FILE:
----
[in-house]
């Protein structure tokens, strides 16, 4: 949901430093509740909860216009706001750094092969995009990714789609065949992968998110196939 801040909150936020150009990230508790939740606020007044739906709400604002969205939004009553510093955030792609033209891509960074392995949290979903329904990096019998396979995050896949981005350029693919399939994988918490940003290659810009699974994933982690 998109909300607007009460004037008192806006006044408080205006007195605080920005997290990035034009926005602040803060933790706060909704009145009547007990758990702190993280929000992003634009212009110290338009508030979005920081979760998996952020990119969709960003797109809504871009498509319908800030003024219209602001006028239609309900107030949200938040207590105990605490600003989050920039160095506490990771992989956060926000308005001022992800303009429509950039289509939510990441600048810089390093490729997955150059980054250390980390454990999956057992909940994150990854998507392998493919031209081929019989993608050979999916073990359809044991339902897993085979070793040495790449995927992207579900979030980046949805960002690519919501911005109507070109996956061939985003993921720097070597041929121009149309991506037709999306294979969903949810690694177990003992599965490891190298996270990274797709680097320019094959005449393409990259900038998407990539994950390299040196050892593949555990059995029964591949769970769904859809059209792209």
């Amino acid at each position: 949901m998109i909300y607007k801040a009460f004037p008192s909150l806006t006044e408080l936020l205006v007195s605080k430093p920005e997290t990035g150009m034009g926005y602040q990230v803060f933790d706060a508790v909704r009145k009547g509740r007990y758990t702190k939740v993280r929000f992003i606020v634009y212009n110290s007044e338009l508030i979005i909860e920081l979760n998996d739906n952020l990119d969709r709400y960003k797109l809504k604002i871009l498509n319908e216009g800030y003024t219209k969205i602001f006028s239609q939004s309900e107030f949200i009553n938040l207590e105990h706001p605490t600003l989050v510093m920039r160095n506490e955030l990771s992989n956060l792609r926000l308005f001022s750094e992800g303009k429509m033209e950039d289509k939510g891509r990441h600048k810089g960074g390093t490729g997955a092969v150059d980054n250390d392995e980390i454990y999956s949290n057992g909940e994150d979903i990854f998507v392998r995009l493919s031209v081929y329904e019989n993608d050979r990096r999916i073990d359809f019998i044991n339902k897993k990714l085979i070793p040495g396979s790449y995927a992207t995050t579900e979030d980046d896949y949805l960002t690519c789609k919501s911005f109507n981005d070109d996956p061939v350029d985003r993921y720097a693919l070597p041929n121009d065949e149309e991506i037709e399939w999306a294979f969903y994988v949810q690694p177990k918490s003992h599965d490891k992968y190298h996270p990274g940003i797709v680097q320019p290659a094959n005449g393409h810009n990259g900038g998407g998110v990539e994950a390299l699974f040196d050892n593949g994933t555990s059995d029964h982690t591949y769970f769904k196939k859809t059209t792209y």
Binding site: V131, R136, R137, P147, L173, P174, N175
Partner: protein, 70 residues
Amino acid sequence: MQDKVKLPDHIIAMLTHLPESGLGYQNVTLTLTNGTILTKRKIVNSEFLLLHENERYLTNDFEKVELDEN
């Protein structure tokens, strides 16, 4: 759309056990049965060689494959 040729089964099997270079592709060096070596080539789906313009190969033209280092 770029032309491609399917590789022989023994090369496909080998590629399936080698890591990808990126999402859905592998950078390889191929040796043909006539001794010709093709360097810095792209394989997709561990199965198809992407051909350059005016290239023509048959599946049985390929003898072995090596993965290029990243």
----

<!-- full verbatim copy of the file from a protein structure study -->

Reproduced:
[in-house]
């Protein structure tokens, strides 16, 4: 949901430093509740909860216009706001750094092969995009990714789609065949992968998110196939 801040909150936020150009990230508790939740606020007044739906709400604002969205939004009553510093955030792609033209891509960074392995949290979903329904990096019998396979995050896949981005350029693919399939994988918490940003290659810009699974994933982690 998109909300607007009460004037008192806006006044408080205006007195605080920005997290990035034009926005602040803060933790706060909704009145009547007990758990702190993280929000992003634009212009110290338009508030979005920081979760998996952020990119969709960003797109809504871009498509319908800030003024219209602001006028239609309900107030949200938040207590105990605490600003989050920039160095506490990771992989956060926000308005001022992800303009429509950039289509939510990441600048810089390093490729997955150059980054250390980390454990999956057992909940994150990854998507392998493919031209081929019989993608050979999916073990359809044991339902897993085979070793040495790449995927992207579900979030980046949805960002690519919501911005109507070109996956061939985003993921720097070597041929121009149309991506037709999306294979969903949810690694177990003992599965490891190298996270990274797709680097320019094959005449393409990259900038998407990539994950390299040196050892593949555990059995029964591949769970769904859809059209792209």
């Amino acid at each position: 949901m998109i909300y607007k801040a009460f004037p008192s909150l806006t006044e408080l936020l205006v007195s605080k430093p920005e997290t990035g150009m034009g926005y602040q990230v803060f933790d706060a508790v909704r009145k009547g509740r007990y758990t702190k939740v993280r929000f992003i606020v634009y212009n110290s007044e338009l508030i979005i909860e920081l979760n998996d739906n952020l990119d969709r709400y960003k797109l809504k604002i871009l498509n319908e216009g800030y003024t219209k969205i602001f006028s239609q939004s309900e107030f949200i009553n938040l207590e105990h706001p605490t600003l989050v510093m920039r160095n506490e955030l990771s992989n956060l792609r926000l308005f001022s750094e992800g303009k429509m033209e950039d289509k939510g891509r990441h600048k810089g960074g390093t490729g997955a092969v150059d980054n250390d392995e980390i454990y999956s949290n057992g909940e994150d979903i990854f998507v392998r995009l493919s031209v081929y329904e019989n993608d050979r990096r999916i073990d359809f019998i044991n339902k897993k990714l085979i070793p040495g396979s790449y995927a992207t995050t579900e979030d980046d896949y949805l960002t690519c789609k919501s911005f109507n981005d070109d996956p061939v350029d985003r993921y720097a693919l070597p041929n121009d065949e149309e991506i037709e399939w999306a294979f969903y994988v949810q690694p177990k918490s003992h599965d490891k992968y190298h996270p990274g940003i797709v680097q320019p290659a094959n005449g393409h810009n990259g900038g998407g998110v990539e994950a390299l699974f040196d050892n593949g994933t555990s059995d029964h982690t591949y769970f769904k196939k859809t059209t792209y």
Binding site: V131, R136, R137, P147, L173, P174, N175
Partner: protein, 70 residues
Amino acid sequence: MQDKVKLPDHIIAMLTHLPESGLGYQNVTLTLTNGTILTKRKIVNSEFLLLHENERYLTNDFEKVELDEN
């Protein structure tokens, strides 16, 4: 759309056990049965060689494959 040729089964099997270079592709060096070596080539789906313009190969033209280092 770029032309491609399917590789022989023994090369496909080998590629399936080698890591990808990126999402859905592998950078390889191929040796043909006539001794010709093709360097810095792209394989997709561990199965198809992407051909350059005016290239023509048959599946049985390929003898072995090596993965290029990243």